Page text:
Once you realise that we, here in Scotland, can no more help the working class of England by continuing with the status quo than we can save the impoverished people of Africa or benefit the American underclass, what are you left with?

I spent years listening to people telling me that the utopia was just around the corner, and that working class solidarity – organised within Labour, of course – was the way to deliver it.

For years, like Neo, I was semi-content to live in the fantasy world where it seemed possible.

Yet, like him, I felt, “like a splinter in my brain” that something wasn’t right, and it got harder to shake as time went by.

Watching a Labour government cut single parent benefits was the first surface tremor I can recall. The 9.5 Richter Scale earthquake of Iraq destroyed my “reality” at a stroke, and I arrived at independence naturally and wholly convinced because of what had come before.

What I’m saying is that I sympathise with those who struggle with this, but I, personally, don’t feel like I’ve lost something here. At a point later in the film, Neo asks if he could go back. Morpheous asks him a more pertinent question; “Would you really want to?”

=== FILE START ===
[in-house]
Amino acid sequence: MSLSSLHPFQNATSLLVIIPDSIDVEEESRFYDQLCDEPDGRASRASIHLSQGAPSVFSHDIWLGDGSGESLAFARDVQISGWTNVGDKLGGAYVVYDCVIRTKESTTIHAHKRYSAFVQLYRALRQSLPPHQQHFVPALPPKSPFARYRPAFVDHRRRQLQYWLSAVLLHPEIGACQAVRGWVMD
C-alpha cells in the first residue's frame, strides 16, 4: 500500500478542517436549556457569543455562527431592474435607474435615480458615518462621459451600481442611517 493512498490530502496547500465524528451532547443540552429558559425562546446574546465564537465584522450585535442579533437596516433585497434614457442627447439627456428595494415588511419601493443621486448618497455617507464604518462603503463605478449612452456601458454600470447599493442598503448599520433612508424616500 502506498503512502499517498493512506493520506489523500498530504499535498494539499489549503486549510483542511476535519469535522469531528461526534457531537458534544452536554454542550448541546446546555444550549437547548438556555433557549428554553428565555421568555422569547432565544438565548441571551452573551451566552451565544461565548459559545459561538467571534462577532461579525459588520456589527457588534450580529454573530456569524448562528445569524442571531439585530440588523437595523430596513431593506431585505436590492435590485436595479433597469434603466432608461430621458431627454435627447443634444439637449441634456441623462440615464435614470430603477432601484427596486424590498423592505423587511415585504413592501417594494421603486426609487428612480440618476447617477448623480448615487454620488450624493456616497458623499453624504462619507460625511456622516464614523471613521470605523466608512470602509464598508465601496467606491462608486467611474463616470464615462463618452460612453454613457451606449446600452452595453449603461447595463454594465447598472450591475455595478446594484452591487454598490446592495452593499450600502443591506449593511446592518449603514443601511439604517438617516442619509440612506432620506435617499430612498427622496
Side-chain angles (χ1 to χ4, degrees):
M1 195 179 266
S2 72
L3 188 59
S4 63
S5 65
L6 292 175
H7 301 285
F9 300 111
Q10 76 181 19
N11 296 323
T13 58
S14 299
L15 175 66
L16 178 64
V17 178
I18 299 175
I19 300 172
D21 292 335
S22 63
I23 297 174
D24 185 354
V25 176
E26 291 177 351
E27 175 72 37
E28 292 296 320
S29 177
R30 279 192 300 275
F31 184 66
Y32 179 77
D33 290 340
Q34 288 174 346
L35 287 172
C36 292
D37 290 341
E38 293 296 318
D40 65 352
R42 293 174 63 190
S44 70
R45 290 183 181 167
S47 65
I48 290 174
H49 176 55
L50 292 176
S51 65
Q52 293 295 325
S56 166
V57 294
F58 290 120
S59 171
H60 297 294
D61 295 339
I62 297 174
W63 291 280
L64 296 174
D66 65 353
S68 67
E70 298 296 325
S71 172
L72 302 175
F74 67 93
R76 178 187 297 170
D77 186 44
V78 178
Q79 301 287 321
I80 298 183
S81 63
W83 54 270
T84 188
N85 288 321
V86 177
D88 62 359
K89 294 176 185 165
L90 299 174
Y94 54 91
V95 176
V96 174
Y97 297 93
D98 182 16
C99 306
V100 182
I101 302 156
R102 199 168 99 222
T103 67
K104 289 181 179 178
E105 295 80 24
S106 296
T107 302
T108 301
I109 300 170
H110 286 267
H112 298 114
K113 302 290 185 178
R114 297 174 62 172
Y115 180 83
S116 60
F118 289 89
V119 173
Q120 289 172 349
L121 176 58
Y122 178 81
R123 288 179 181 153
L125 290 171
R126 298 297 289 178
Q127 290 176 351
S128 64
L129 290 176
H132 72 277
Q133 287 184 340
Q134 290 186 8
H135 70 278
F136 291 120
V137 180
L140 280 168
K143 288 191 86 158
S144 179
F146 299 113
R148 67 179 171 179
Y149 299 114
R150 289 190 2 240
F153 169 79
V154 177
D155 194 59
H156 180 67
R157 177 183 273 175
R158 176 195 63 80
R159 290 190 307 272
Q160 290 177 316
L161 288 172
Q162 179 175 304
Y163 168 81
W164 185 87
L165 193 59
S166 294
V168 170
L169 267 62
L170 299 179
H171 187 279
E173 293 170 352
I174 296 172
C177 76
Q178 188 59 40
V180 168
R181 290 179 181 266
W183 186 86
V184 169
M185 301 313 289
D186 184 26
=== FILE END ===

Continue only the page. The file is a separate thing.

The bedrock of my beliefs crumbled to dust, but I don’t wish, as some do, that I “still believed.” Indeed, I am glad that I’ve become cynical and wise to the gigantic fraud which lies behind that familiar tugging on my heart strings.

I don’t wish I still believed in the utopia because that’s like finding out your partner is cheating on you and wishing you didn’t know that, rather than wishing to God you’d been with someone who wasn’t a liar and could keep their knickers on.

I wish the system did allow for the kind of political settlement that would allow us to do something for the working class everywhere. It doesn’t though, and I accepted that fact quite some time ago.

A wrecking ball has to be driven through the whole thing, and short of a revolution that will not be done whilst those in London are driving the agenda.

There are those on the left who will disdain independence as a waste of energy and effort, as insular and separatist rather than outward looking and internationalist. Again, it requires the wilful swallowing of the blue pill to arrive at this conclusion, because the pro-independence movement in Scotland is forward thinking in every respect.

Unless the UK political system changes, Britain will never speak up for the causes we care about. It will never offer the kind of leadership that would reform the UN, the World Bank, the IMF, the EU, NATO and other international agencies in the way we would like.